Cassata is a sort of a Sicilian version of trifle.
It is a moulded cake, usually rounded because it is formed in a bowl, but it can also be made in a rectangular pan, or in a springform pan (though granted this is a modern innovation.)
To make Cassata, you layer the sides of the mould with thin slices of sponge cake (called “Pan di Spagna” in Italian), and set this aside while you making the filling.
A common filling is ricotta based. You press ricotta through a sieve, then blend the ricotta with a sugar syrup, stir in flavourings (vanilla, cinnamon, Maraschino liqueur), nuts, chopped or grated chocolate and candied fruit.
You press this mixture into your lined mould, level the top off, and top with more thin slices of sponge cake, and chill it.
When chilled and set, you turn it out of the mould, and spread it all over with apricot jam, and cover it with fondant (typically pale green), or whipped cream, and serve.
Filling variations vary by location and family tradition within Sicily. You can also do layers of the cheese mixture with the sponge cake inside.
Some versions of Cassata have the liqueur brushed over the cake slices instead of mixed in with the cheese, and use brandy instead of Maraschino liqueur. A version made in Erice (in Sicily) coats it in almond paste, and uses citrus preserves in the filling instead of the apricot jam layer.
Cassata is served at every festive occasion in Sicily, and at all the great Sicilian celebrations, such as weddings, Easter, and Christmas.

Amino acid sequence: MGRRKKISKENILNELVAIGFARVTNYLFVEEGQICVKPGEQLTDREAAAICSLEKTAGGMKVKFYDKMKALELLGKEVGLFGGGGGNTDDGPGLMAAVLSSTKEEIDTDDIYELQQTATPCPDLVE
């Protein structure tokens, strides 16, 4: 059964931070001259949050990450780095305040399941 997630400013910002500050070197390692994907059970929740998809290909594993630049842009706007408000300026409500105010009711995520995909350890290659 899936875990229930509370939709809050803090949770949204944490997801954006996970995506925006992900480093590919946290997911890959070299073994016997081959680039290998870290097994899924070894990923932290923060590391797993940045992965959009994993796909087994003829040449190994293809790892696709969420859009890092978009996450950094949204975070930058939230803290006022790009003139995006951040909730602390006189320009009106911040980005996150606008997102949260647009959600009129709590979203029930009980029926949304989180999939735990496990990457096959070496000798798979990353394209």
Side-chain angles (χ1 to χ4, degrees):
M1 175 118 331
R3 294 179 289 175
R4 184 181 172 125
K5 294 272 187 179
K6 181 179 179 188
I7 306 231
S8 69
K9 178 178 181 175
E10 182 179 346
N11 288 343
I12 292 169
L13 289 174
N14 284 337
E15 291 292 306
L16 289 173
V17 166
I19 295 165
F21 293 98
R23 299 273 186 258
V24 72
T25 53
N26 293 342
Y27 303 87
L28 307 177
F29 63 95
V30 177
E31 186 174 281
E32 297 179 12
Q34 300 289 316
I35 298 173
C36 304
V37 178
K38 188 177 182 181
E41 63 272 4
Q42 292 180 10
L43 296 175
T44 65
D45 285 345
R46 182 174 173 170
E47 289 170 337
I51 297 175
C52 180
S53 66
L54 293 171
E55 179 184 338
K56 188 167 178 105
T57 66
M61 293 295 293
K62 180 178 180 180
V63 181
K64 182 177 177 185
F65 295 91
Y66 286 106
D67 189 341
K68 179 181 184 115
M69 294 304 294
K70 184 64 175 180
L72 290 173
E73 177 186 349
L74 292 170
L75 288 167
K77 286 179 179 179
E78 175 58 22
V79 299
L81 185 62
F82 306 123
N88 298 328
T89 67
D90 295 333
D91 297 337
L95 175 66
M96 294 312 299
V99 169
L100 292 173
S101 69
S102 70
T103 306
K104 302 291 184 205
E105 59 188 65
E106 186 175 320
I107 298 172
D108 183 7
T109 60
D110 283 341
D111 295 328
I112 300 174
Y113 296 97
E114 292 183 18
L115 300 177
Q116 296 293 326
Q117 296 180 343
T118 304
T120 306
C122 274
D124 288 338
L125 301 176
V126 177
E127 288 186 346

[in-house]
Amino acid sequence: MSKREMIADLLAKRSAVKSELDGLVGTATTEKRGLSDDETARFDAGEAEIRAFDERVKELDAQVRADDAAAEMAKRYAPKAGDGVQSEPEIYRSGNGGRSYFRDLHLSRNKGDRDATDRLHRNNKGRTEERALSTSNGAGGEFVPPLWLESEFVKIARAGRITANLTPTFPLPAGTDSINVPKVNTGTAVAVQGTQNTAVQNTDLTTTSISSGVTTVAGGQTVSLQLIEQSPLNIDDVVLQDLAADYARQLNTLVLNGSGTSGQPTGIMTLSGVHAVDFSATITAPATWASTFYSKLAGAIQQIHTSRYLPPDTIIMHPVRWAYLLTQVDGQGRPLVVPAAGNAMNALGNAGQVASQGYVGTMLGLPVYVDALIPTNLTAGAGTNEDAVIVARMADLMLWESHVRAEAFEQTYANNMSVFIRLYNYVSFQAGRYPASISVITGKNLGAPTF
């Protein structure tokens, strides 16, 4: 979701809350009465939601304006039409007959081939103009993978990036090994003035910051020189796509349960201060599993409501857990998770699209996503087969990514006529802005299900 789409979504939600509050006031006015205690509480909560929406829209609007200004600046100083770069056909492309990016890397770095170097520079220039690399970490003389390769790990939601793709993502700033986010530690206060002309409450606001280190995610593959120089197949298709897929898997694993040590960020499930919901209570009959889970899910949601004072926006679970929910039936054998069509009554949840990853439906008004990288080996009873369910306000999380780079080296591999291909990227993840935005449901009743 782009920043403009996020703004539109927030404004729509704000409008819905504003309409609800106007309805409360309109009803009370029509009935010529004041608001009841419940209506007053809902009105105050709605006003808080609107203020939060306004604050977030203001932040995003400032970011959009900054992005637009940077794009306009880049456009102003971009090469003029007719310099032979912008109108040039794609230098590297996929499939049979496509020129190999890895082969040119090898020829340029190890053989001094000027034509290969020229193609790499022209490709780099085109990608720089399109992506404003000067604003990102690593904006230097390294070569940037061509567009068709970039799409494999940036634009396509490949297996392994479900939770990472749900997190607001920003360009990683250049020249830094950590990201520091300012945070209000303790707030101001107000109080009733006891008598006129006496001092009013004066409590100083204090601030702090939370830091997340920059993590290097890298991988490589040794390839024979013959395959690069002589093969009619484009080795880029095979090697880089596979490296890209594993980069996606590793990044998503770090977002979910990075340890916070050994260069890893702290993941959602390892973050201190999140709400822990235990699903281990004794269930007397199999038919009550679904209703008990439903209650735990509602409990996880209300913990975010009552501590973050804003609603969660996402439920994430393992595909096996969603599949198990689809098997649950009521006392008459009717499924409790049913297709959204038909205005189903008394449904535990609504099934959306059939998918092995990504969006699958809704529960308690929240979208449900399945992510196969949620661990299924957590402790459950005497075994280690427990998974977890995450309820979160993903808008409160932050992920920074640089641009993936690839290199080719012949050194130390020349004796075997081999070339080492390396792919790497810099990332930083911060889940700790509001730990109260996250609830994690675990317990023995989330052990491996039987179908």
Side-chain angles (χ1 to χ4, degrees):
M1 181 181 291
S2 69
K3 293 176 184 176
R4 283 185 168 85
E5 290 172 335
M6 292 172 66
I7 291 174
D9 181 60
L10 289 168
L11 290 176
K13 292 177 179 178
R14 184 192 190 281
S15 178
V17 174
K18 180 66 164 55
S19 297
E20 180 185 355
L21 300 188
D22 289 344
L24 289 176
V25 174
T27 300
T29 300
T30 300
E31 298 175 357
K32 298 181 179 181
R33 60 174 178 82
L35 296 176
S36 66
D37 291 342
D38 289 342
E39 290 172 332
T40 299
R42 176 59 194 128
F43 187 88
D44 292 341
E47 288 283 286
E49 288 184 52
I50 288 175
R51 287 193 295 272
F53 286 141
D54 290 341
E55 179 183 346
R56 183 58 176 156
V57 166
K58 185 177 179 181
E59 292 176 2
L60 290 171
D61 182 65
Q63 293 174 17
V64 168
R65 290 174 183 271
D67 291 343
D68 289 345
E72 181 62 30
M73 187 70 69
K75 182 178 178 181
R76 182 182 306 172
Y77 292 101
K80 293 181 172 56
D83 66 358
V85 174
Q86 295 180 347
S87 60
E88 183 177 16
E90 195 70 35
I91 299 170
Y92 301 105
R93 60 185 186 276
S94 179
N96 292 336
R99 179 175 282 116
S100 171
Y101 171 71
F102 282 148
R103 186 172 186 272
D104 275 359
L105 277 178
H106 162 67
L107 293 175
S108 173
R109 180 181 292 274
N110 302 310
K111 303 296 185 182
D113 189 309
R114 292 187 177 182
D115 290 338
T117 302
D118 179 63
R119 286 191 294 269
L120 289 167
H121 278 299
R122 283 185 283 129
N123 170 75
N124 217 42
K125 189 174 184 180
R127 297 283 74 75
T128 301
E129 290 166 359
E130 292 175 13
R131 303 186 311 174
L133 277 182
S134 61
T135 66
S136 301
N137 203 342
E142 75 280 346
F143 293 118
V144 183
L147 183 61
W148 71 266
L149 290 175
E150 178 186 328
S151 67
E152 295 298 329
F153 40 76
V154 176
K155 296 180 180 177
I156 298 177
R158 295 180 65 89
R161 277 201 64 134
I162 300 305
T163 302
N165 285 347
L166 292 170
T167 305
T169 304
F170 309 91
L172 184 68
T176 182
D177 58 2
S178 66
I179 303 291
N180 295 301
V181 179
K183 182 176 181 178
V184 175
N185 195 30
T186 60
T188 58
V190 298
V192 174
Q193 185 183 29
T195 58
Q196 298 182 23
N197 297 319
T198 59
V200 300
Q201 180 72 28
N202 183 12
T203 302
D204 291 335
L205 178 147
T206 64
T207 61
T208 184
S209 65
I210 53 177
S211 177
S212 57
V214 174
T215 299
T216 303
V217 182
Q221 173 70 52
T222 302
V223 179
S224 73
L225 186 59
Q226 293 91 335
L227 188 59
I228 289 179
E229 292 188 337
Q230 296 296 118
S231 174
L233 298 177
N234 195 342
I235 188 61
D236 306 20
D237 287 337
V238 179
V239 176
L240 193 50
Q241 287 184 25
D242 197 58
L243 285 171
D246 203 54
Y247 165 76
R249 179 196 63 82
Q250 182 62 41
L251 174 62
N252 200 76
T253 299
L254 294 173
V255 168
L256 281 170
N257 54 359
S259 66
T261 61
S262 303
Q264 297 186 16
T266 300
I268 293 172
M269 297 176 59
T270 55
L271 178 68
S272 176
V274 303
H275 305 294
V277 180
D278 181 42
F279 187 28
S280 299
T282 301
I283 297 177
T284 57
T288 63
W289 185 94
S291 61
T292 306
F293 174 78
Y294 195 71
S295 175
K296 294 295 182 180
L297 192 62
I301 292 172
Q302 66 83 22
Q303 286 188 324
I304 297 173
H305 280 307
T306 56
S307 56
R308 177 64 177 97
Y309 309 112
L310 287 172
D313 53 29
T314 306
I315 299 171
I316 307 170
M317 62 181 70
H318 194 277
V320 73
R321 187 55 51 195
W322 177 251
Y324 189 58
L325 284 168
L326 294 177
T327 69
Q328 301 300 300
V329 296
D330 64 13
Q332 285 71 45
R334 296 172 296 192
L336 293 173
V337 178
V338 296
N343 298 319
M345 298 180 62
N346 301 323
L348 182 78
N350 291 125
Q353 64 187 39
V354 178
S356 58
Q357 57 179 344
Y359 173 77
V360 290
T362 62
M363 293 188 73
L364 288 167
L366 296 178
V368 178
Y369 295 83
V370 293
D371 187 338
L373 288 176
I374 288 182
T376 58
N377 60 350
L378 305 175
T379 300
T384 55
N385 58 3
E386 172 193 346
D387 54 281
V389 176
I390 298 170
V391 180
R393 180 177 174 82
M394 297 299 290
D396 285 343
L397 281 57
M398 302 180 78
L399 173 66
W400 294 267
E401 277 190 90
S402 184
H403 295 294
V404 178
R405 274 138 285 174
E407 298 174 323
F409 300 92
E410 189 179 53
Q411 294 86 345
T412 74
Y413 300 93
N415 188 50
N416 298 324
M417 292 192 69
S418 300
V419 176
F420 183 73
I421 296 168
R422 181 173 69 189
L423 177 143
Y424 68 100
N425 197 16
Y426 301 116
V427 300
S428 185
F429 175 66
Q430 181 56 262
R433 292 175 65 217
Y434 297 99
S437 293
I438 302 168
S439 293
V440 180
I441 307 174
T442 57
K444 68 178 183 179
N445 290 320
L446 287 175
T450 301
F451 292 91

No one makes it anymore, though; they buy it from a pastry shop. These are usually decorated with candied fruit pieces.
The Portuguese also make a version, but use Lady’s Fingers instead of sponge cake and whipped cream instead of the ricotta.
In traditional versions of Cassata, the ricotta is sheep’s milk ricotta. If you can’t get sheep’s milk ricotta, mascarpone is a good substitute.
Being based on sponge cake (“pan di spagna”), some speculate that Cassata may have emerged during the period of Spanish rule from 1282 to 1458 AD (with Spanish viceroys appointed until the early 1700s.)
Some speculate that the name Cassata may have come from Arab name for a deep bowl, “qas’ah.” Arabs did invade and occupy Sicily for several hundred years (878 AD – 1091 AD.)
Then again, the world may equally have come from the Roman name for cheese, “caseus.”
Others say it just means “cased”, as in the case being the bread crust it is encased in.